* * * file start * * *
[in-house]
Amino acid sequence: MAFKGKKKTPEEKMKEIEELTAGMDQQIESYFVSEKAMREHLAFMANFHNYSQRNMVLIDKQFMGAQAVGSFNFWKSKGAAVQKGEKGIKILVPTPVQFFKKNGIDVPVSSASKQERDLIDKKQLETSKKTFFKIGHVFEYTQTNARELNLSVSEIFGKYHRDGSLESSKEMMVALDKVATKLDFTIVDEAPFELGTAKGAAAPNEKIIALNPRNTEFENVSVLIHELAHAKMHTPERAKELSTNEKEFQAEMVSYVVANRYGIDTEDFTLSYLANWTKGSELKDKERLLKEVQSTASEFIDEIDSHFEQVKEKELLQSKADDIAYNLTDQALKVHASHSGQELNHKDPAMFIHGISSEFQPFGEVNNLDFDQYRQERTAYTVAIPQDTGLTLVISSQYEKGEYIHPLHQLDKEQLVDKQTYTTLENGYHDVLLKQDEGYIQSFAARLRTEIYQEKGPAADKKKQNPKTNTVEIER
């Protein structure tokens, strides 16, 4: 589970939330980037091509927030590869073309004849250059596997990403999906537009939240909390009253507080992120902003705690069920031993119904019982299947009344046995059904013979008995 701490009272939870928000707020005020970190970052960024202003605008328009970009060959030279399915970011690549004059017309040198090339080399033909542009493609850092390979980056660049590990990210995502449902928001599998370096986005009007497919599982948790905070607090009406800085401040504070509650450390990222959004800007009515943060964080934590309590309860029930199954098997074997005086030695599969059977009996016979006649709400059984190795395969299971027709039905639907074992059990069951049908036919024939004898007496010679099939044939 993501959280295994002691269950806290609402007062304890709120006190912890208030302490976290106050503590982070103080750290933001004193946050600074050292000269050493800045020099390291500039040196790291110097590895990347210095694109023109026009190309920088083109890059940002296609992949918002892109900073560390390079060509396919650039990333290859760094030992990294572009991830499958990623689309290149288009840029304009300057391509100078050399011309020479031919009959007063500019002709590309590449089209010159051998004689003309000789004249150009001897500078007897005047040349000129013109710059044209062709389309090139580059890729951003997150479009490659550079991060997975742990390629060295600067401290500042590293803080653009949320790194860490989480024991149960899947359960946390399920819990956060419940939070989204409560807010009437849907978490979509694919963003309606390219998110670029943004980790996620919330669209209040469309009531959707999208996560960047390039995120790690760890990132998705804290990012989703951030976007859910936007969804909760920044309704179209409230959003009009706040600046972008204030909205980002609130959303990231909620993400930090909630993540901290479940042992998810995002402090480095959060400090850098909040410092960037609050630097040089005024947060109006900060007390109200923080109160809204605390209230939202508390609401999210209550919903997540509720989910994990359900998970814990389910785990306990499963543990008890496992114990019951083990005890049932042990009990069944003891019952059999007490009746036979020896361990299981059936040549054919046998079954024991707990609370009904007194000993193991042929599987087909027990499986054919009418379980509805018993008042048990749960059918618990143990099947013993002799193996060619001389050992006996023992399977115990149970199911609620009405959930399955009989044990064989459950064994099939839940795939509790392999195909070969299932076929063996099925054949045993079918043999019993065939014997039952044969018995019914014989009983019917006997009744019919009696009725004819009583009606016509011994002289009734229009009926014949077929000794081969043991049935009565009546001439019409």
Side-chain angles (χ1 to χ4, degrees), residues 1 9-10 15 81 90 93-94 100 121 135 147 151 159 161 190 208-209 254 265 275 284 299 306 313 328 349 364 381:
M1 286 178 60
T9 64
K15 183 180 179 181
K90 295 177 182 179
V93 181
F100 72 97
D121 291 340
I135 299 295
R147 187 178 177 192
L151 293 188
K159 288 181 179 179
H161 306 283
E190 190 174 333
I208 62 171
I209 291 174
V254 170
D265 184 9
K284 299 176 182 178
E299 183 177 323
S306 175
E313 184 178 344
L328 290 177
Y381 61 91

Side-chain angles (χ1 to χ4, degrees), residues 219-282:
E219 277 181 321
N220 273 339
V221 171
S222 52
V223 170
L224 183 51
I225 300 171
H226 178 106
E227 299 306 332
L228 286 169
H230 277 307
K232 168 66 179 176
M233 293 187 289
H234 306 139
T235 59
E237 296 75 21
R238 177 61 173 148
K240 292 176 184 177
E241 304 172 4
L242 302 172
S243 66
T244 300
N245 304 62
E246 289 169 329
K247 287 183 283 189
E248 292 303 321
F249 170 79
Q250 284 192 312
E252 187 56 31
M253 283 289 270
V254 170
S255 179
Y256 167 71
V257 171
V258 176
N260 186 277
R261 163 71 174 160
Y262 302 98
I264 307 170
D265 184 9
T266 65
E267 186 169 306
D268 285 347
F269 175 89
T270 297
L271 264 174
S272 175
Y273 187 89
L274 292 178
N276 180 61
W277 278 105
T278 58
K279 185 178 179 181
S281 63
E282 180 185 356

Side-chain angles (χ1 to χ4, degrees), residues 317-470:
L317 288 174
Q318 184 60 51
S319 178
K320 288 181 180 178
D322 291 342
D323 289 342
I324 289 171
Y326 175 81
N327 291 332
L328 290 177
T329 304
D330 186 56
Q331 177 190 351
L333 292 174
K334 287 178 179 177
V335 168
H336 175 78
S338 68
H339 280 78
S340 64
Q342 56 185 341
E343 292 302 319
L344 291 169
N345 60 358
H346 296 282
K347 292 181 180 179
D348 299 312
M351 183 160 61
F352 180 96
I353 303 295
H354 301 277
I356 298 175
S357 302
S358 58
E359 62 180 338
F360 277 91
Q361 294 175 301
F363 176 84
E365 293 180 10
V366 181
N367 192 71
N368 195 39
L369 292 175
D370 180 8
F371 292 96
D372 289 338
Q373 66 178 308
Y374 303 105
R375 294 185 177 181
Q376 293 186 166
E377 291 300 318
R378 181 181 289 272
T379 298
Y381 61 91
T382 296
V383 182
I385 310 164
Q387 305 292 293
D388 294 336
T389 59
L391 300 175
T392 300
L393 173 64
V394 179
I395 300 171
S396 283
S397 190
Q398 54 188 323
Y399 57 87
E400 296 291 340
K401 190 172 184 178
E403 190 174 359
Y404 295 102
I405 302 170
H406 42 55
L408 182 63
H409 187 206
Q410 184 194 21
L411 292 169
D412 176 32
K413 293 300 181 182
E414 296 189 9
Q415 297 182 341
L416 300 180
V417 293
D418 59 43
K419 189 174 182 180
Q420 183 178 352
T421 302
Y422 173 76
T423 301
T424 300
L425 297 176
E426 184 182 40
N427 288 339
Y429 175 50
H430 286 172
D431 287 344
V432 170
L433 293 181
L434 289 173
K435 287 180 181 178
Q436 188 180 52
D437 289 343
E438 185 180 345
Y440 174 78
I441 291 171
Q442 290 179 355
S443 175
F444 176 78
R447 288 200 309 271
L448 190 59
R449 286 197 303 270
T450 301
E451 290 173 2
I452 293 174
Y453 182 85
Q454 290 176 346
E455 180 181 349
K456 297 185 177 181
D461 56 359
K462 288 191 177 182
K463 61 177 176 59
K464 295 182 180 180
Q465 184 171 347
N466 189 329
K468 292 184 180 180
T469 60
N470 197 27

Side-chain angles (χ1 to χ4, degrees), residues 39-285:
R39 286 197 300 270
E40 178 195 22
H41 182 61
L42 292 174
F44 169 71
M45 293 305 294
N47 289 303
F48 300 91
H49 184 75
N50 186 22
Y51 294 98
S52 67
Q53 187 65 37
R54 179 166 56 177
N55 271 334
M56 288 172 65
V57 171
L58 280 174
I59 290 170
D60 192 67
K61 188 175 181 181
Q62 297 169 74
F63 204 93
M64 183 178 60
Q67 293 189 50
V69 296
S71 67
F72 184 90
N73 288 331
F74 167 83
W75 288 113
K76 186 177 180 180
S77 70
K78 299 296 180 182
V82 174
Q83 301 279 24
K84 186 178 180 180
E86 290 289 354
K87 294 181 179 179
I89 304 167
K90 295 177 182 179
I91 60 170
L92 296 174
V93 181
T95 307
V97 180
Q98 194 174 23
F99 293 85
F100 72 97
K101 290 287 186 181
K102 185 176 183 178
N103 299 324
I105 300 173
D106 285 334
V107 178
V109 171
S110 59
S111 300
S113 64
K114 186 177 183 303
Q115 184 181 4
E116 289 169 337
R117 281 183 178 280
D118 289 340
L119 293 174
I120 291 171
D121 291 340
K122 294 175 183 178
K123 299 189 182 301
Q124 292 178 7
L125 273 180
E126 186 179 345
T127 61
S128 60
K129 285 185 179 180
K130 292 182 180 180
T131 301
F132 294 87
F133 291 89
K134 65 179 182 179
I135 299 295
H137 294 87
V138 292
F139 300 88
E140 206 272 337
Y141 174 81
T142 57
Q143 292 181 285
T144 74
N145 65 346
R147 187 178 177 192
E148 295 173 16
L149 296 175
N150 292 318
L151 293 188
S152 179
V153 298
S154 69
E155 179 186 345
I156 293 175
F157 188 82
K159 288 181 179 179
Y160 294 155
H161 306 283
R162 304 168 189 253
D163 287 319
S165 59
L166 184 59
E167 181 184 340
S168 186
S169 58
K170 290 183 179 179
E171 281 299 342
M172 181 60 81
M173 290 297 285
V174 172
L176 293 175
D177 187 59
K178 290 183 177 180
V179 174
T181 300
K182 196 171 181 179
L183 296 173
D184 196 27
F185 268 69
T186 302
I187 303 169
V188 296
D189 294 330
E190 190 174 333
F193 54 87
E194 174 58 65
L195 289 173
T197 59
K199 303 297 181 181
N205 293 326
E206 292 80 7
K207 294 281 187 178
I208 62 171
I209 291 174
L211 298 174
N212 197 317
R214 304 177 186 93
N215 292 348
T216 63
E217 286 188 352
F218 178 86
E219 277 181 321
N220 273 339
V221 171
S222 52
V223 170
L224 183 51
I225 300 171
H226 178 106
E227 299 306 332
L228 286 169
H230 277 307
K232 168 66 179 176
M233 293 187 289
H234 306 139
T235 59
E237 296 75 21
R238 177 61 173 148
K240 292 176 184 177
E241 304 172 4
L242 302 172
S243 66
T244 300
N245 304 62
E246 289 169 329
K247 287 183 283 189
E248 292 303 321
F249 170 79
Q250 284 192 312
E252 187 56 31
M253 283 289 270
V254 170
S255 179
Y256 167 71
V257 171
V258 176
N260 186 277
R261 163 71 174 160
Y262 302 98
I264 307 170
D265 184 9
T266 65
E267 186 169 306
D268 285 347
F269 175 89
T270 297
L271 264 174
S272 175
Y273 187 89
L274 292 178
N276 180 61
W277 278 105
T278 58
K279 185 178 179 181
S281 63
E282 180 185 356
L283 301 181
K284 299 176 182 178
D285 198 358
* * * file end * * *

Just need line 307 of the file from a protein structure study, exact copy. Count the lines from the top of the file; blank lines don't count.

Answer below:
L149 296 175